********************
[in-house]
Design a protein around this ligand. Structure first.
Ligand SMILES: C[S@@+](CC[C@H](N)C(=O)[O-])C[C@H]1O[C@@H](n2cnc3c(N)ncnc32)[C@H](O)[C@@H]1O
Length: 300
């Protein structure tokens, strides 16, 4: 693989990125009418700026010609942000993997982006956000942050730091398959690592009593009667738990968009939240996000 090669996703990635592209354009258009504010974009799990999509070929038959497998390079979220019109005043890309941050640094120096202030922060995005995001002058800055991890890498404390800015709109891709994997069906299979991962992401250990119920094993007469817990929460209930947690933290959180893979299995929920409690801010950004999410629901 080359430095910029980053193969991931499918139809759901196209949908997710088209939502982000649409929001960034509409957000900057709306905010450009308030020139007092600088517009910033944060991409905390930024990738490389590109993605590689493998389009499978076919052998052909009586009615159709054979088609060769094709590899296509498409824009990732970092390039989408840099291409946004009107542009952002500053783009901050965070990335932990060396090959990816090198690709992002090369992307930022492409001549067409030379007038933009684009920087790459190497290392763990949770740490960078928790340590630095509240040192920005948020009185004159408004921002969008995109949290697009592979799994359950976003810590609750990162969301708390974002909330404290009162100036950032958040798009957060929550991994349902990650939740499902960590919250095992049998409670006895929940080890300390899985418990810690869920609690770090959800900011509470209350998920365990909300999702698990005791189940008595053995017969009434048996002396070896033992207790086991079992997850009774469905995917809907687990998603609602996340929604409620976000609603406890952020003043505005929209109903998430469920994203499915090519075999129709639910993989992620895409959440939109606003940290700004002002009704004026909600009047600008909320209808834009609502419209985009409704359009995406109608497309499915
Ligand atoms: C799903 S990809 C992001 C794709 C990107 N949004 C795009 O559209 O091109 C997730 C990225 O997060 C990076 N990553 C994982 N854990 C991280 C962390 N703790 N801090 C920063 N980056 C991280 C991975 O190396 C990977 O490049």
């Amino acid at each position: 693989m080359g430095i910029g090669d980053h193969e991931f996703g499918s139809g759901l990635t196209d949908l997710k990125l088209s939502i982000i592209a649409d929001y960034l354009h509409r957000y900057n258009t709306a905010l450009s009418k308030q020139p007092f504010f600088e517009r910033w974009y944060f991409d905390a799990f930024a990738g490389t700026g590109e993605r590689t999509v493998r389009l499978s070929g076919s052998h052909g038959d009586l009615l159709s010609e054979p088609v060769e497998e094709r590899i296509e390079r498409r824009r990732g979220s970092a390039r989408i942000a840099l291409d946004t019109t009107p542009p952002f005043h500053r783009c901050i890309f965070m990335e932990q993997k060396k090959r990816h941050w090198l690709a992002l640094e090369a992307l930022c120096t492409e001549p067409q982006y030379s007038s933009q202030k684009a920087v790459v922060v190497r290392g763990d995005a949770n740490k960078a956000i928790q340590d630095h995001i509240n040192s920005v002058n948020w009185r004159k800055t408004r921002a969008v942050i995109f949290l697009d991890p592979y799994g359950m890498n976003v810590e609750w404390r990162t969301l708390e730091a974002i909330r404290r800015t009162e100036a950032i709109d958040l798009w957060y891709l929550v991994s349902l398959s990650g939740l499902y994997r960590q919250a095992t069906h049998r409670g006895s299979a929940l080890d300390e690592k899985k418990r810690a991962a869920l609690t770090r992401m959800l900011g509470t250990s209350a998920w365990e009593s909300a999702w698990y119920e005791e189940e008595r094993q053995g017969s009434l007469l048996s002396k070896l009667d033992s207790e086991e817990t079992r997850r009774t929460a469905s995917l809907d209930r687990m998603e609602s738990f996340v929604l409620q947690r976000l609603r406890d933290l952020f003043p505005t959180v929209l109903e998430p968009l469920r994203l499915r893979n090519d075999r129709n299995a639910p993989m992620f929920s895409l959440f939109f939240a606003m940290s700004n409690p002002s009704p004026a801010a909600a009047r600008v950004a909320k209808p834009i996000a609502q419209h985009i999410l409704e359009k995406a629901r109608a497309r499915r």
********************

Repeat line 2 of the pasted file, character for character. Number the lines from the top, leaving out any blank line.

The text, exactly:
Design a protein around this ligand. Structure first.